ok, I see...
so in British English the expression there didn't use to be is the correct one, isn't it.
I agree with Jeromed and the BBC. It's not an American/British thing, the use of "used" instead of "use" in that sentence is simply incorrect, although it's quite a common error made by native speakers, probably because in conversational English "use to" and "used to" sound almost indistinguishable.
Shouldn't this be There didn't used to be?
Never heard of it, and unrelated to there didn't use to be.
Because it's wrong.
I understand the contraction usedn't (used not) however the sound of usedn't is very close to isn't and if someone were to say it, probably you wouldn't know the difference.'Usedn't' is not wrong. It is very uncommon, even in BrE, but as gengo commented, it's 'used not', just as 'hadn't' is a contraction of 'had not'.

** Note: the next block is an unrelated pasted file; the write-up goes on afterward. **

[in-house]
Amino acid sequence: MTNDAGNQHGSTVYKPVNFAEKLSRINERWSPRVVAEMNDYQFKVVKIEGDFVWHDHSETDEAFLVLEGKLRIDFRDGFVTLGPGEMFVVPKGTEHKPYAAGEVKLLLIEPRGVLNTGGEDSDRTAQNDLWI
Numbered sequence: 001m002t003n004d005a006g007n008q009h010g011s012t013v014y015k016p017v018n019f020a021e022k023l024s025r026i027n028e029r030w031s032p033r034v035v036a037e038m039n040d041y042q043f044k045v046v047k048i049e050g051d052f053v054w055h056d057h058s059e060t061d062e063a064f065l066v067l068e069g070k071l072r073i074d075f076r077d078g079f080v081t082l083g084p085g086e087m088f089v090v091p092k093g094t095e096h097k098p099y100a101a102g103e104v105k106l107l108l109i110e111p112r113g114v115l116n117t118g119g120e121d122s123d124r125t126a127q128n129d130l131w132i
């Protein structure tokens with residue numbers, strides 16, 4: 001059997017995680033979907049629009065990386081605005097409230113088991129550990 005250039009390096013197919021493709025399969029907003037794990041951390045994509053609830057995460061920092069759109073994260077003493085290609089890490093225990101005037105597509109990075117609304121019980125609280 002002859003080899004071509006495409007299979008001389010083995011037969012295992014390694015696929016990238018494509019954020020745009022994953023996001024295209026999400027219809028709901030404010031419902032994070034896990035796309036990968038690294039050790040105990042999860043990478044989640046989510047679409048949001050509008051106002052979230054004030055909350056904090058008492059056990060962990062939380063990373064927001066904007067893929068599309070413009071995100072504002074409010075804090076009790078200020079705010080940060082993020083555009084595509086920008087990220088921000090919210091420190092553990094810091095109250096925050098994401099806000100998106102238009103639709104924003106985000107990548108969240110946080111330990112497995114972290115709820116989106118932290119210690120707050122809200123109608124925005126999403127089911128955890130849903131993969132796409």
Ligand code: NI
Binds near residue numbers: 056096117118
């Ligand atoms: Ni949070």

1) There used to be trees there, didn't there?
2) Didn't there used to be trees there? (colloquial)
The question is, is it correct in a formal setting?